by Kylie Zarro, BluePath Intern
In 2018, BluePath partnered with the New York Rangers to train an autism service dog named Ranger. Under the guidance of his puppy raiser, Saxon Eastman, Ranger spent his days training at Madison Square Garden and with the Rangers team learning the skills he would need one day.
As Ranger progressed in his training, it was decided that he would be better suited as a companion dog for my brother Dan. Below are some stories from Ranger’s first year with our family; I look forward to sharing more moments in the months ahead.
Ranger joined our family on June 15th 2019. He did not have very much time to settle into his new home in Ossining, NY before we packed him up and moved him into a sleep away camp in upstate New York for the whole summer. Knowing that Ranger spent the first 17 months of his life living and working in the city, our family was nervous not knowing how he would adjust to his new wooded environment. It was going to be a big change for him.
Ranger pleasantly surprised us with how quickly he adapted. No longer did he hear the bustling city sounds. He began to accustom himself to the sounds of 300 campers laughing, singing and playing all around him, as well as a new introduction to snakes, crickets and sticks…lots and lots of sticks!
Throughout the summer, Ranger provided comfort to all the counselors who were far from home and missed their own dogs. He loved attention and making people feel good. He was overjoyed when swarms of children gathered around him to play and learn more about him. Ranger had quickly become a family dog to everyone with his affectionate personality and zest for playing fetch.
Summer quickly faded to fall in Ranger’s new life as a companion dog. His partner Danny put in long hours at school. Ranger’s new assignment was to help Danny unwind and the pair began the routine of taking walks after school. Ranger’s mom called these adventures “walk and talks”.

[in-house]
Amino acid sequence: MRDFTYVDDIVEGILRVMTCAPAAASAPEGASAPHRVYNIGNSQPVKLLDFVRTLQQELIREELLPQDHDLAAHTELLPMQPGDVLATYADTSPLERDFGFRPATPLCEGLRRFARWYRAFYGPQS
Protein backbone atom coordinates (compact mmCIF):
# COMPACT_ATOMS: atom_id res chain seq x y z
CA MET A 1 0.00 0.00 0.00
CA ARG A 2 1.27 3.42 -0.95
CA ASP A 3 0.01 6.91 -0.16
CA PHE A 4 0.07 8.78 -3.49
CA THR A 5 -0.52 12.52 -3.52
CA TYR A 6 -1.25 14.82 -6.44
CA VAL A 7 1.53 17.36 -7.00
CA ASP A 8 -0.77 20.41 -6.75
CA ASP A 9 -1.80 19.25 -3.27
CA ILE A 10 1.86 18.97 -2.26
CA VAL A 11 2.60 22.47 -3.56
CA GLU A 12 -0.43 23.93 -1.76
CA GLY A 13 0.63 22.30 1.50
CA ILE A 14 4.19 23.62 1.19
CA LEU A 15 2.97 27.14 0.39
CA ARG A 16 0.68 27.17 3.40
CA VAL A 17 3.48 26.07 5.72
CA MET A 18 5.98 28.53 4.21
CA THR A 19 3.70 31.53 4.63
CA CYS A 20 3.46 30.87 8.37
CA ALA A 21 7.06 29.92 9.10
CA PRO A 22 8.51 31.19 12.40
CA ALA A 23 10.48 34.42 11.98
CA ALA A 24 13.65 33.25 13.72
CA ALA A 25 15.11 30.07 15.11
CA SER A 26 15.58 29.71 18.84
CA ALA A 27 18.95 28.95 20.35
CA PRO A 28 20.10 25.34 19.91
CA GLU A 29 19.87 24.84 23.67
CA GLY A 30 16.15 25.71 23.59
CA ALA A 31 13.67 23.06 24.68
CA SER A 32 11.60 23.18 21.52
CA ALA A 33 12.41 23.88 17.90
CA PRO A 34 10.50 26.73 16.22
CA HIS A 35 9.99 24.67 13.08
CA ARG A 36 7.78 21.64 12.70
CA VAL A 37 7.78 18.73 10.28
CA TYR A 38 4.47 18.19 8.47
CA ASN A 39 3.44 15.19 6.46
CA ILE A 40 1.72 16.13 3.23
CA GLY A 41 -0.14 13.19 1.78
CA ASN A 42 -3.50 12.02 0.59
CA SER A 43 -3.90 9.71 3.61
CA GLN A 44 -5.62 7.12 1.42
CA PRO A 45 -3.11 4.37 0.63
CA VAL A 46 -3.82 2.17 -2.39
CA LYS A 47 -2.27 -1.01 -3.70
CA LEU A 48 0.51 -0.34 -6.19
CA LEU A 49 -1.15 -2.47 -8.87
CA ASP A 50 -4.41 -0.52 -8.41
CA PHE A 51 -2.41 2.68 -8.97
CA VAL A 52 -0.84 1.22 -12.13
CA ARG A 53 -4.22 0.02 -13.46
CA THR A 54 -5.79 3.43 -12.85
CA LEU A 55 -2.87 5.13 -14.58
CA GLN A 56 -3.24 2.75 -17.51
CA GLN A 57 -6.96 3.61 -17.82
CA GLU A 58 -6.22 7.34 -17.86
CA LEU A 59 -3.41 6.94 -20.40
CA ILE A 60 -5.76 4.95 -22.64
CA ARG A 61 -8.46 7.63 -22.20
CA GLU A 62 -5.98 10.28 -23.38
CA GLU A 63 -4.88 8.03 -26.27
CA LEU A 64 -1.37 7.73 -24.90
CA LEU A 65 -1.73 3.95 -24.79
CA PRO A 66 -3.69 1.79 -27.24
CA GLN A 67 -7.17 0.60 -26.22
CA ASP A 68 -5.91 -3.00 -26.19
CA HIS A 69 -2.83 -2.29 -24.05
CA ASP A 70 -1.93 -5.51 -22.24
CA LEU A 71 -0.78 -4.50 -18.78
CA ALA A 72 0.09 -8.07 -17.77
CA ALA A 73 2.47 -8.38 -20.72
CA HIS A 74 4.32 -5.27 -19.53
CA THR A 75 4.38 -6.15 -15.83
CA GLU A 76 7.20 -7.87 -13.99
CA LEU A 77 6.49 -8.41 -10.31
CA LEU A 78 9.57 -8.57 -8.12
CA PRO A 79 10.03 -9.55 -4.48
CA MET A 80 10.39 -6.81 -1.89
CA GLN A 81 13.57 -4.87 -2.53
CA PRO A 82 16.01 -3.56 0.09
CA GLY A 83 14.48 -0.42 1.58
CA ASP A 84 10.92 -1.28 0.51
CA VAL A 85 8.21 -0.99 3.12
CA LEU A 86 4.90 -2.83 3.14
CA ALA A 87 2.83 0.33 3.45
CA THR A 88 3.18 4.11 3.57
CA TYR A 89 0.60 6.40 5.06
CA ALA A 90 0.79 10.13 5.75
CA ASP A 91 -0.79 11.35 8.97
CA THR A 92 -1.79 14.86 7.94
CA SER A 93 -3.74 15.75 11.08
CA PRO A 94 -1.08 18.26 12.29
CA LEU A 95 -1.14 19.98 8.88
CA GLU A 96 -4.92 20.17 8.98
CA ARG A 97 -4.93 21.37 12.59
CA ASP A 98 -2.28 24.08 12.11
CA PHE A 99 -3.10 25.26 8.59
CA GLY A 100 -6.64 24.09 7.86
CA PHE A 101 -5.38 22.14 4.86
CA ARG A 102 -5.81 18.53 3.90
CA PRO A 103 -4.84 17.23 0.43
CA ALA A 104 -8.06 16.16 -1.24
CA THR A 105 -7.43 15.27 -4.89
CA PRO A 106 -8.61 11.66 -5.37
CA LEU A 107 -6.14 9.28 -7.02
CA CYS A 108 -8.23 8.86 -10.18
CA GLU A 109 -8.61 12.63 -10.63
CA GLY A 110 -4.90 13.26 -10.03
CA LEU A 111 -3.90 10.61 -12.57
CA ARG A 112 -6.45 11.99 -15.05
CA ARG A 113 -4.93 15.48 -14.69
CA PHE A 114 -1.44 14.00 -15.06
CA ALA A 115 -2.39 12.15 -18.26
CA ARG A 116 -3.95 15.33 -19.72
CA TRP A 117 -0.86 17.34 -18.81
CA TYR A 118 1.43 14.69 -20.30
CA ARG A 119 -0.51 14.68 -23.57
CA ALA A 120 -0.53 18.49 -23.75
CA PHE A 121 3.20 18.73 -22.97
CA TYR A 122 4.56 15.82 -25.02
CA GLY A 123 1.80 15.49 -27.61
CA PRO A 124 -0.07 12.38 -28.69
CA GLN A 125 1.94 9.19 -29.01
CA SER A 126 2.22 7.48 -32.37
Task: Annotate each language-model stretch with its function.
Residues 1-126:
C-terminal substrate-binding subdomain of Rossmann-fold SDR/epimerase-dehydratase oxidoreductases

For the first time in his life, Danny showed an interest in walking the family dog. Ranger’s gentle ways and skillful ability to walk calmly on a leash, allowed for Danny to take the lead. While holding on tight to Ranger and walking through the neighborhood, Danny was able to feel the stress of his day in high school melt away and he began communicating better with his family. On these “walk and talks” Danny would share his day, his worries and his successes as well.
Ranger had a way of soothing Danny and a relationship of trust began to build between the two of them.
As Halloween drew closer, our family had a fun time deciding what costume to buy for Ranger. After a unit on ocean fish in Marine Biology, Danny decided to dress Ranger as a great white shark. When the costume arrived and we slipped it on Ranger, he eagerly posed for photos. All his training experiences of wearing his Ranger’s Service Dog vest came in handy. He wore his costume with pride and Danny and Ranger made an impressive showing for Halloween.
Ranger’s first holiday season with our family was very memorable. Our house was filled with twenty five relatives for Thanksgiving and Christmas. Ranger stayed calm and settled quickly at the foot of the person who gave the best belly rubs. It was heartwarming to watch Ranger make his way from person to person offering comfort and providing laughter.
Winter passed and spring came. Ranger and Dan began many new adventures. The two of them discovered a new favorite hiking spot, complete with wooded trails and a lake. They made a good pair yet again, as Danny loved to throw sticks into the lake and Ranger was enthralled with swimming out far in the lake and returning with the sticks Danny threw. Finding new trails to explore each day became a great comfort to Danny as his routine was taken away and his world was turned upside down with the new limitations of a quarantine.
Having a sense of routine is very important for a person with autism. Learning from home without the security of knowing when he could return to the activities that gave him comfort was very disconcerting for Danny. Ranger stepped in and provided Danny with the security he needed. He could walk for hours in the woods, fetch sticks and balls without fatigue and settle by Danny’s side when he needed to decompress.
The Ranger pup turned companion dog became a companion dog for the whole family. Whether he makes us laugh with his endless antics, surprises us with his love of anything tossable and retrievable or just sits by your side allowing you to rub his fluffy scruff for hours, this dog is one who just makes you feel good. Autism brings with it a high level of stress and worry about your loved one, but with Ranger by our side our lives are filled with more laughter and joy and that is a beautiful thing.